Help to Buy, a real help!


The government’s Help to Buy scheme is set to stay until March 2023. Now in its third incarnation, most would argue that it’s been a success with first time buyers making up 82% of purchasers nationally and a staggering 95% in London. This puts into perspective the accusation of widespread abuse of this government intervention scheme, which are levied at those who are existing home owners. The scheme was primarily set up to help people get on to the property ladder amidst rising prices and stagnant incomes – and it has largely been a success.

Going forward, from April 2021, the scheme will be restricted to first time buyers. Some would argue that this crucial adjustment make sense, ensuring that the scheme remains fit for purpose – supporting people to get on to the property ladder for the first time rather than helping those homeowners savvy enough to benefit from the system to buy bigger and better.

A further pivotal addition is the introduction of new caps on sale prices. Some developers have financial concerns about these caps, which is set at £600,000 for London and will vary regionally, with the South West at £349,000 and the North East set at £186,100. Although counter-intuitive for the development sector, the caps are necessary to ensure that the system isn’t abused, with some developers perhaps being tempted to overprice. Simultaneously, purchasers will be reassured that the government is trying to ensure that the purchase of new build homes remains in the reach of first-time buyers by stabilising prices. A positive for developers is that planning applications for new developments looking to build units, with a lower purchase price tag, may sit well with local planning authorities as they strive to increase their populations and kick start inward investment.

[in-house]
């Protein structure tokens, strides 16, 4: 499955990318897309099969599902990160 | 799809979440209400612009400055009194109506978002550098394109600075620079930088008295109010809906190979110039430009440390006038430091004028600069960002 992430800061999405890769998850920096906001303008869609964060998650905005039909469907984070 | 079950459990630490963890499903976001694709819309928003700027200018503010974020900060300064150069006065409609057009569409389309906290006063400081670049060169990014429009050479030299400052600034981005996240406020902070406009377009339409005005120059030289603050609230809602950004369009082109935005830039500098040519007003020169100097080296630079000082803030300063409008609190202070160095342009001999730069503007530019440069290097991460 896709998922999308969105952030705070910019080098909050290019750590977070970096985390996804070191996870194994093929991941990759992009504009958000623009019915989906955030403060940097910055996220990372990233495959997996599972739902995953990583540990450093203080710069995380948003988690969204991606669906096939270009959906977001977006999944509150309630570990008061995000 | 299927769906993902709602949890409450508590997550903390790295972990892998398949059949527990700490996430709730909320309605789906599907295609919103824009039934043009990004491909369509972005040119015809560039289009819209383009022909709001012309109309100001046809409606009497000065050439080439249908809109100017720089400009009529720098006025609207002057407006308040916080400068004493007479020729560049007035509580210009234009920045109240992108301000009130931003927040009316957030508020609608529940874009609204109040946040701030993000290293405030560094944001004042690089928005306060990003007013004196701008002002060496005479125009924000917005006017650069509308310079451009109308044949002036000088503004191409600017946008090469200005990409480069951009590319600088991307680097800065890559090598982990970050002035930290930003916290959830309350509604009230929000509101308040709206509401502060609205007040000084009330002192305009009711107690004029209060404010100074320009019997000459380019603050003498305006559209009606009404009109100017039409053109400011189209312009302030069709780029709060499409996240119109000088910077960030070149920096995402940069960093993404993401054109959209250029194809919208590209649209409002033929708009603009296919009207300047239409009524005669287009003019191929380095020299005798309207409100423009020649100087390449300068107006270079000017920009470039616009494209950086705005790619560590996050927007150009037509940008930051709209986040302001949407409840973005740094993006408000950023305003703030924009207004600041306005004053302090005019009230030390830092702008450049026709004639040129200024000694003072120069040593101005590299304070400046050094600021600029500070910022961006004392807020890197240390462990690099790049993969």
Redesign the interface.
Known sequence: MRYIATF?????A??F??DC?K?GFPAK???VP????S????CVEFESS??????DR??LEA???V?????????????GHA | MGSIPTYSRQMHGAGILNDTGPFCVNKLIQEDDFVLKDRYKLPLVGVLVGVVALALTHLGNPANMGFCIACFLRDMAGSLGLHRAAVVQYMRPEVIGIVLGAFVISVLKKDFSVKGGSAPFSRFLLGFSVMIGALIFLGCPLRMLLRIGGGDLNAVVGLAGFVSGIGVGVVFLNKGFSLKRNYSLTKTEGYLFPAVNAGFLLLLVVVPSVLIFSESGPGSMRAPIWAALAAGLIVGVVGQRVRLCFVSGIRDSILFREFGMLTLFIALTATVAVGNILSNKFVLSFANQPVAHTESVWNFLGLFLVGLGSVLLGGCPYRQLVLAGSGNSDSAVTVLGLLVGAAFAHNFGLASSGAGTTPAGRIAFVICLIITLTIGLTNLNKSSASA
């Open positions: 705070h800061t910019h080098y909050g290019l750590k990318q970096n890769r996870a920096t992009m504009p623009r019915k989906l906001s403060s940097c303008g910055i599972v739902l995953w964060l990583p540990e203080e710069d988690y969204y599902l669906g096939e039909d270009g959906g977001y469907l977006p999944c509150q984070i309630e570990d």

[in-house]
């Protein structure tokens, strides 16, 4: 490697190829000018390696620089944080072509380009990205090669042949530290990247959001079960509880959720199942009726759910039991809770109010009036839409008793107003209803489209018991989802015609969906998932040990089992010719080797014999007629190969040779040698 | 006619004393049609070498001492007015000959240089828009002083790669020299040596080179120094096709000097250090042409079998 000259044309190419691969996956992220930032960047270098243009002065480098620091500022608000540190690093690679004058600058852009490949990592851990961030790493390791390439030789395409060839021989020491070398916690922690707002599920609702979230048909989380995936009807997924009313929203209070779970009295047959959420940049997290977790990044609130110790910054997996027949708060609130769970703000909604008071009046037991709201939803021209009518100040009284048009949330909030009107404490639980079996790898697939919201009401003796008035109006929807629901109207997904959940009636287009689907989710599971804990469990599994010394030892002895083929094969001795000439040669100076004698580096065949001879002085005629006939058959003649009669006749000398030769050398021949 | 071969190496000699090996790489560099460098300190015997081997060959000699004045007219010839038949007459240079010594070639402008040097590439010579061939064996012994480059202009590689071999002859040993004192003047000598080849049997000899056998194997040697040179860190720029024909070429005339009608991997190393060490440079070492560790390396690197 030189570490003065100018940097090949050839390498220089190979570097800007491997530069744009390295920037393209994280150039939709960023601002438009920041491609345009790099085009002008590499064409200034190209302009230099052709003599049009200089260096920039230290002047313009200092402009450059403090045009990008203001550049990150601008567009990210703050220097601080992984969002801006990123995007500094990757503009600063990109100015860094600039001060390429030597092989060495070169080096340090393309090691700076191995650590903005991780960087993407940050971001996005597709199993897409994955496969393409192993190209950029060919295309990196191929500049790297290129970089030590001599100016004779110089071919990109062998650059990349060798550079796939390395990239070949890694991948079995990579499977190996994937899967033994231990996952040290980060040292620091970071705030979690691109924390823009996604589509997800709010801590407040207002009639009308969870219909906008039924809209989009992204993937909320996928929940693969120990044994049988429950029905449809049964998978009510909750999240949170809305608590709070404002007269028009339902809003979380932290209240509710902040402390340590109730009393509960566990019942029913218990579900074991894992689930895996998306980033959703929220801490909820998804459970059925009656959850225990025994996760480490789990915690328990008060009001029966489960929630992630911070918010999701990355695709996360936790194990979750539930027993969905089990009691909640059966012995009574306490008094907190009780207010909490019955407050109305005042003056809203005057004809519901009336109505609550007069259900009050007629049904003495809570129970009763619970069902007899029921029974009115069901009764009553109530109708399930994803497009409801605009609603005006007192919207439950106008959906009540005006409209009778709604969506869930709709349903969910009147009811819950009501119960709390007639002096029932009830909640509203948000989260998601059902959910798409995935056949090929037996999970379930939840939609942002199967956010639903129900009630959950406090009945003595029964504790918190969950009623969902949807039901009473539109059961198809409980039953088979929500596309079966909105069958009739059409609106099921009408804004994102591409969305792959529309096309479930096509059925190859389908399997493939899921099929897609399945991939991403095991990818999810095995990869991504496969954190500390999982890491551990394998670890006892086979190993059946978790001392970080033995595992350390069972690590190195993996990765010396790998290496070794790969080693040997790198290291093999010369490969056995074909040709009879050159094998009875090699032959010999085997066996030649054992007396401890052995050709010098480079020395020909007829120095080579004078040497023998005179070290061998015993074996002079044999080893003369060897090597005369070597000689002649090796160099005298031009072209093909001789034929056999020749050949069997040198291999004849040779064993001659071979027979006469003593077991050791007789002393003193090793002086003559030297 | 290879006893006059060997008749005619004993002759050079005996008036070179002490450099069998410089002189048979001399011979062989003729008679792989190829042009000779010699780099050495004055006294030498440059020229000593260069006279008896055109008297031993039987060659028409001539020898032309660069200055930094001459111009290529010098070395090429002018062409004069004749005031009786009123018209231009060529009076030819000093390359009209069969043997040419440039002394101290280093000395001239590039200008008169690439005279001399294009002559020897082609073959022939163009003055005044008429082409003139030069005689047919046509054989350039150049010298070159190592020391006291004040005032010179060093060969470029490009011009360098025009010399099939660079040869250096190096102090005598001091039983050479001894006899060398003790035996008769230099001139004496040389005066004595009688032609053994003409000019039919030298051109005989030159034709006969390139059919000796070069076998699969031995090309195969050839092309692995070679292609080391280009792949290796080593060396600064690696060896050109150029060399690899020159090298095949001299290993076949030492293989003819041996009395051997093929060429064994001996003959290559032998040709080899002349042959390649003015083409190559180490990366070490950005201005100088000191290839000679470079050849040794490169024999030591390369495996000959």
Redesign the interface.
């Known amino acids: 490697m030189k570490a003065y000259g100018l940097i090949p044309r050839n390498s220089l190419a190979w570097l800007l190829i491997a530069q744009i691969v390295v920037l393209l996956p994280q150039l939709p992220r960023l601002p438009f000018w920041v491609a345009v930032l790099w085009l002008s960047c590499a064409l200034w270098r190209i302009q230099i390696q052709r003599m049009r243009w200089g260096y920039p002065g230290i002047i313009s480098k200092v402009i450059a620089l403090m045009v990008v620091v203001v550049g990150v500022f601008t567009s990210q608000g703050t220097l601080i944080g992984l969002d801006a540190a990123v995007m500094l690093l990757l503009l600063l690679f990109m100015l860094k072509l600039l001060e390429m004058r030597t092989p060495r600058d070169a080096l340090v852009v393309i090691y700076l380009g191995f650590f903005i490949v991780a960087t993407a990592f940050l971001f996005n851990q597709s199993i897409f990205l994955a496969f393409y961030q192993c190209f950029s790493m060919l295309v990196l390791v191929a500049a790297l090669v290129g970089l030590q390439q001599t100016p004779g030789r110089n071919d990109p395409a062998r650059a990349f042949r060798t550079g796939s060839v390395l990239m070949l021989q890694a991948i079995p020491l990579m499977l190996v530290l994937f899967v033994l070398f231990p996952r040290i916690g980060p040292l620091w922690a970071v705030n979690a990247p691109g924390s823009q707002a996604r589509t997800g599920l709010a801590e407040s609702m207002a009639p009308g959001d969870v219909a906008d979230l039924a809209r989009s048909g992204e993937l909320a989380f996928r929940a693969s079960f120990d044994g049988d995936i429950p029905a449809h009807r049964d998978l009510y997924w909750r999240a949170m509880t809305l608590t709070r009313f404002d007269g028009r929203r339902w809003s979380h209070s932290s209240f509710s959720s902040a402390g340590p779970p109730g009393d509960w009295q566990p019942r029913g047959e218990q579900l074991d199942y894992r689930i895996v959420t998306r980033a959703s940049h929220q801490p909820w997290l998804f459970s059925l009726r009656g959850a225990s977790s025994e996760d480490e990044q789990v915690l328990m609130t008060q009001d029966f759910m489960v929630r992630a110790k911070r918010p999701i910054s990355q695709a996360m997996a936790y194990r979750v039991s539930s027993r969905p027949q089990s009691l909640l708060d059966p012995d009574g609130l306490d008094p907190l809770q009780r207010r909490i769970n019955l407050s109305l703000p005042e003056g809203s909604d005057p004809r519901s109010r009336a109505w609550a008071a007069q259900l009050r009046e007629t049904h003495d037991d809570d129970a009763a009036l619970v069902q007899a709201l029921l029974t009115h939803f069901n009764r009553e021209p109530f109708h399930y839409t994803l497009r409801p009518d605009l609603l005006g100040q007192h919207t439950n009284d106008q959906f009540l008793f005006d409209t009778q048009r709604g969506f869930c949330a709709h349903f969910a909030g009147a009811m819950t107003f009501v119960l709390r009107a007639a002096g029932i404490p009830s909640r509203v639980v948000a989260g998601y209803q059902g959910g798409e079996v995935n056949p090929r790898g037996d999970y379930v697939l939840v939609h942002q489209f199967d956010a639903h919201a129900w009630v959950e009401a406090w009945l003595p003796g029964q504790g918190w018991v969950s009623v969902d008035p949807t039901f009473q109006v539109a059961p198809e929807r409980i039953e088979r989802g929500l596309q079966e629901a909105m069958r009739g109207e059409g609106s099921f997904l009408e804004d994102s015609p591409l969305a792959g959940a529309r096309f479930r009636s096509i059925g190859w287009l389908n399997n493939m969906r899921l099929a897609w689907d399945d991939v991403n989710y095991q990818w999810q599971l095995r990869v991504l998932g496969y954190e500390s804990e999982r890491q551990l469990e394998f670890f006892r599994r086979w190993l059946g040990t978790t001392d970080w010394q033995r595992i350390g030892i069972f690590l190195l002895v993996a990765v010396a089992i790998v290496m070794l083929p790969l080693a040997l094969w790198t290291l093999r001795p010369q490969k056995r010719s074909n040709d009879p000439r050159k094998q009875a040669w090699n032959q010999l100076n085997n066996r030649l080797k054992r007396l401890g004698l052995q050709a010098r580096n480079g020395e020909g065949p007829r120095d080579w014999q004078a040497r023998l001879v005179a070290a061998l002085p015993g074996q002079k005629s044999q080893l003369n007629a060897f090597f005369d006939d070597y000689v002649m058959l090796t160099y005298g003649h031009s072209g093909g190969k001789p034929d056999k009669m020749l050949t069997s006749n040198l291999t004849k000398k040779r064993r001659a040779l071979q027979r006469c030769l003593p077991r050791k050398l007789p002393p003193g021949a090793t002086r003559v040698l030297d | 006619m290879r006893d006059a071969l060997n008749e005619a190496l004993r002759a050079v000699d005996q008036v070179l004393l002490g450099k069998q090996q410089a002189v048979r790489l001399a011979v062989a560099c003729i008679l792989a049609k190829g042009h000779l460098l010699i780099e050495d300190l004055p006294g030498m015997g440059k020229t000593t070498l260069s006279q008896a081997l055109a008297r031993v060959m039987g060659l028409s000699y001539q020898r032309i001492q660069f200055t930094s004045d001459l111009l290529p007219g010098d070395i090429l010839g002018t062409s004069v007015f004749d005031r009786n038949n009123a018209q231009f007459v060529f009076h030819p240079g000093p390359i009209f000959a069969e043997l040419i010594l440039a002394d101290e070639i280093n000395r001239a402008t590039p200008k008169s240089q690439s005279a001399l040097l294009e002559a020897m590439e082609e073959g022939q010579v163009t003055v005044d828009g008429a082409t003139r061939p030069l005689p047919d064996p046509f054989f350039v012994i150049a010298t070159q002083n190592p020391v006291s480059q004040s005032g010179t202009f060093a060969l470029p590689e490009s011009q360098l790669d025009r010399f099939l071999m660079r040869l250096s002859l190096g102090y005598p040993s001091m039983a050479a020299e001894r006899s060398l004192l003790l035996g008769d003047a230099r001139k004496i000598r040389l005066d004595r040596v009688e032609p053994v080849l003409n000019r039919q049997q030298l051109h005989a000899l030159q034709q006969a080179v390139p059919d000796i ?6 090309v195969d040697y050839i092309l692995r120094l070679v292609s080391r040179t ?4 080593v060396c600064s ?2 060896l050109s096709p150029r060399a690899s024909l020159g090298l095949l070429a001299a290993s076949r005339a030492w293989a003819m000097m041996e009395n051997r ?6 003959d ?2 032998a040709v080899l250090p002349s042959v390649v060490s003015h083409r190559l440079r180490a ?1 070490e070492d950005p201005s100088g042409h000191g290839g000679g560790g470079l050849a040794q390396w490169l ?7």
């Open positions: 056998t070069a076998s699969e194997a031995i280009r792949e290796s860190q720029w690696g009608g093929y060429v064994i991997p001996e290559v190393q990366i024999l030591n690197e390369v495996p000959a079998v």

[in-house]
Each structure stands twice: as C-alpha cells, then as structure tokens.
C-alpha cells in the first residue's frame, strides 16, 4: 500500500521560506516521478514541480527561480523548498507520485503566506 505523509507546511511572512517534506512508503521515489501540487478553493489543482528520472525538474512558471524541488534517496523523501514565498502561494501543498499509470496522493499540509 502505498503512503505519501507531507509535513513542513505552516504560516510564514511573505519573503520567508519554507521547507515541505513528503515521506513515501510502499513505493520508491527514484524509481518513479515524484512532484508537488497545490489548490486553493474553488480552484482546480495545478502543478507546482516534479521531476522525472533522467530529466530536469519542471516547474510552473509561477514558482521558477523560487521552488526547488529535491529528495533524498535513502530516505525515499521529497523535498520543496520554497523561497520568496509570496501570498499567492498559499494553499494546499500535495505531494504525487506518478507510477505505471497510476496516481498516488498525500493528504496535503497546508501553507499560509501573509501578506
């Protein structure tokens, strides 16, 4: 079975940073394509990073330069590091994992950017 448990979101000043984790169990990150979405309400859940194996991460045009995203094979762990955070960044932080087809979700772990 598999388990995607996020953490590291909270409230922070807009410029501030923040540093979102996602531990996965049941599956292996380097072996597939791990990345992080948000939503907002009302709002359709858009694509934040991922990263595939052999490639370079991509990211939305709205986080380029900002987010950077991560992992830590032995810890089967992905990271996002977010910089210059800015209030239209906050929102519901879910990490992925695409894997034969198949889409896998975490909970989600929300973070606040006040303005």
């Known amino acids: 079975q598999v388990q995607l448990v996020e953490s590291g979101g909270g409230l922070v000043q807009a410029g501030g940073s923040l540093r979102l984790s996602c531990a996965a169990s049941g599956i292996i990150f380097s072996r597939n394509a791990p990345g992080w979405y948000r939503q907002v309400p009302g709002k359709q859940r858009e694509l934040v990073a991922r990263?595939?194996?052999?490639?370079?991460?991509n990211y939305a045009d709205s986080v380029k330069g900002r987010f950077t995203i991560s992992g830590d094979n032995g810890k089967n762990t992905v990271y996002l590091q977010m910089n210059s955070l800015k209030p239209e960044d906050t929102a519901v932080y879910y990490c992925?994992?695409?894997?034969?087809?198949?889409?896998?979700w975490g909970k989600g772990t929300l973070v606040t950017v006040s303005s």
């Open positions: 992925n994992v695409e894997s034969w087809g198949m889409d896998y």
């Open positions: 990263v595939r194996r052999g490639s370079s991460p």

Many forget that Help to Buy is an equity loan scheme and benefits the government coffers. Based on the premise that UK house prices continue to rise, the government will take a percentage of the onwards sale price which trumps the initial investment in the scheme. It would be great to think that this income will be ploughed back into the sector with further schemes for first time buyers, as well as looking at much needed investment in the rental sector in terms of social housing and regulation.

Further recognition that continued government assistance is needed by the market, for both developers and purchasers, is illustrated in the government’s recent announcement to extend the completion deadline by a further two months for the existing Help to Buy equity loan scheme. With a government that seems to be paying attention to the detail, developers have been granted breathing space to ensure promised new homes are built and sales completed, which had been reserved by mid-December 2020 under the current scheme. This is an important detail, as Covid-related delays meant more than 16,000 sales were at risk and, as reported in the media over the past few weeks, construction of newly-built homes which qualify for the scheme have been put back by as much as eight months.

So, is it a good idea to continue a scheme which artificially supports an industry? Over the last seven years, the Help to Buy equity loan scheme has accounted for 224,133 of purchases by first time buyers, (1 April 2013 to 31 March 2020 – Ministry or Housing, Communities and Local Government statistics). Until the residential property eco-system is tackled holistically – including a return to consensus politics on housing policy, a commitment to building social housing and examining the impact of stagnation of salaries long-term on the housing sector – there needs to be a place for a system which supports first time buyers who otherwise would be abandoned in the current residential landscape.